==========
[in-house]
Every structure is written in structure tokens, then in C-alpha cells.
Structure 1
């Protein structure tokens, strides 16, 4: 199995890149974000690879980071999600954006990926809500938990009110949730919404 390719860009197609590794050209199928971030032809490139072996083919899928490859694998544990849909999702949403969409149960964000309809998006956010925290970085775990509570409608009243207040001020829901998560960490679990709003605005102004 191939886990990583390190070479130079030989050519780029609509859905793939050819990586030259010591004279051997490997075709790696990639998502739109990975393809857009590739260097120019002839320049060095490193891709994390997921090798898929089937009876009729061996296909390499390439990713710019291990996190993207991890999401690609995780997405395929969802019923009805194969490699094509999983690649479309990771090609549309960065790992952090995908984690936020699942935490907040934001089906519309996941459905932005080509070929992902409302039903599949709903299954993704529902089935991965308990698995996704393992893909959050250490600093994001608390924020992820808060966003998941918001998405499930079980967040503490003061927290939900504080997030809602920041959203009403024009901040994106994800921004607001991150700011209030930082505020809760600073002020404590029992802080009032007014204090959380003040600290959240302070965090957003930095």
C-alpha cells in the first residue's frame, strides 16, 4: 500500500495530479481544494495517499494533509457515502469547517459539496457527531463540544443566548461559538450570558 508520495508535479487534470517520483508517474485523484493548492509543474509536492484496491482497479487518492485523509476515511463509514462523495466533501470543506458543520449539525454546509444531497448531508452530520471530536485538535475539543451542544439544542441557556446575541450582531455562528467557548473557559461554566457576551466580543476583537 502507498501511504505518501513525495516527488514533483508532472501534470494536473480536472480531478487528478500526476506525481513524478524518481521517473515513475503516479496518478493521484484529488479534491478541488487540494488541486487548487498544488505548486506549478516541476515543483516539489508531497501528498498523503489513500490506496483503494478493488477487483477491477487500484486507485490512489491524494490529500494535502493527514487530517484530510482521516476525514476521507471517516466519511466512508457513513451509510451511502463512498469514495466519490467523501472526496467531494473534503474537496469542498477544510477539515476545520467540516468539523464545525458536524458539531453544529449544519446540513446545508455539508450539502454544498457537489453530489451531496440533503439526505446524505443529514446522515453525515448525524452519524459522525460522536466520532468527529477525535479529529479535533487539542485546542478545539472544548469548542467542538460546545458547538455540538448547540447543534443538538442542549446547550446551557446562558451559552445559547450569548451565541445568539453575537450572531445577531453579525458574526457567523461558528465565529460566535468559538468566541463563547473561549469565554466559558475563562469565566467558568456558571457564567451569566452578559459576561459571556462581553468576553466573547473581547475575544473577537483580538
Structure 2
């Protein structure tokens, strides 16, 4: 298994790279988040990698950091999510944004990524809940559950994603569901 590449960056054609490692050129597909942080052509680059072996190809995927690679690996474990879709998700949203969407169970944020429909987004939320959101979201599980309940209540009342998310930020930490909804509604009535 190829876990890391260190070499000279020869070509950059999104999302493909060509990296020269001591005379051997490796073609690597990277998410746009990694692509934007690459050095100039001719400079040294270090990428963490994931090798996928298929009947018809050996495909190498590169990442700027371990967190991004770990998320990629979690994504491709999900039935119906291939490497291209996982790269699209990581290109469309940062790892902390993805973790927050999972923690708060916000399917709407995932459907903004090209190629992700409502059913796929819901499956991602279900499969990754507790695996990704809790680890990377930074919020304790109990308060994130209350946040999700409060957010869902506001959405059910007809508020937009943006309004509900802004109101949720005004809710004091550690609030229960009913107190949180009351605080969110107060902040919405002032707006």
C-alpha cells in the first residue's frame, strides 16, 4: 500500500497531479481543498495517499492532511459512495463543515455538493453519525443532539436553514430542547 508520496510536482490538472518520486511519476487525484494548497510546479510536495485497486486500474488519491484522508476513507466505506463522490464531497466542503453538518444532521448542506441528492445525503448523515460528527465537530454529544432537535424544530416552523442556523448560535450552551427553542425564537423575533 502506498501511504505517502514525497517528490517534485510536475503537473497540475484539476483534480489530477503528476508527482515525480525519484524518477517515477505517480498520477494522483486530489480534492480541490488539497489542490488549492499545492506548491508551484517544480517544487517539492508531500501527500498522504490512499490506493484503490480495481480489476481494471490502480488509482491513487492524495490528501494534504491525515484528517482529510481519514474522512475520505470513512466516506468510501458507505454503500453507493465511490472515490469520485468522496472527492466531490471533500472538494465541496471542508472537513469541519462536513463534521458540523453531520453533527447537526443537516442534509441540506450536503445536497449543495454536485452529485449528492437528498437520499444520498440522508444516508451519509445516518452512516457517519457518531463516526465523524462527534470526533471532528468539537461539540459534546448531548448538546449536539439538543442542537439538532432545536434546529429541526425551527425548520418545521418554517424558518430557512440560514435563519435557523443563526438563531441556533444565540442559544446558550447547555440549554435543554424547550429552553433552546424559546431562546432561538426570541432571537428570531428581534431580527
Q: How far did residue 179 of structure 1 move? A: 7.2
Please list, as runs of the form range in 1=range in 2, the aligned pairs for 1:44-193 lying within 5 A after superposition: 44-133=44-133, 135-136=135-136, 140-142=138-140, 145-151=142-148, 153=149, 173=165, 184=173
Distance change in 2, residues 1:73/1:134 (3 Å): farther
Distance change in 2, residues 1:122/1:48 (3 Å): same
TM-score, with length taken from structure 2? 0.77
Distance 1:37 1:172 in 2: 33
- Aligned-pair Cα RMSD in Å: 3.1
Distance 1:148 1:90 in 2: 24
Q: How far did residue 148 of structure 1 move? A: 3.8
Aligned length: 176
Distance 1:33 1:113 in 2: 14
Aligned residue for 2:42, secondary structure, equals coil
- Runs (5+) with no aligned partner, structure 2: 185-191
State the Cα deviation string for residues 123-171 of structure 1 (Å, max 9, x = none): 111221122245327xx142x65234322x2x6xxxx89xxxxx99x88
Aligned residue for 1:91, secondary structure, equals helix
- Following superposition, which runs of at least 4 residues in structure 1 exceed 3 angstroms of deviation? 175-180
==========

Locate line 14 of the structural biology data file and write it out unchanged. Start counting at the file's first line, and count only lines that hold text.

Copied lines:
Distance 1:37 1:172 in 2: 33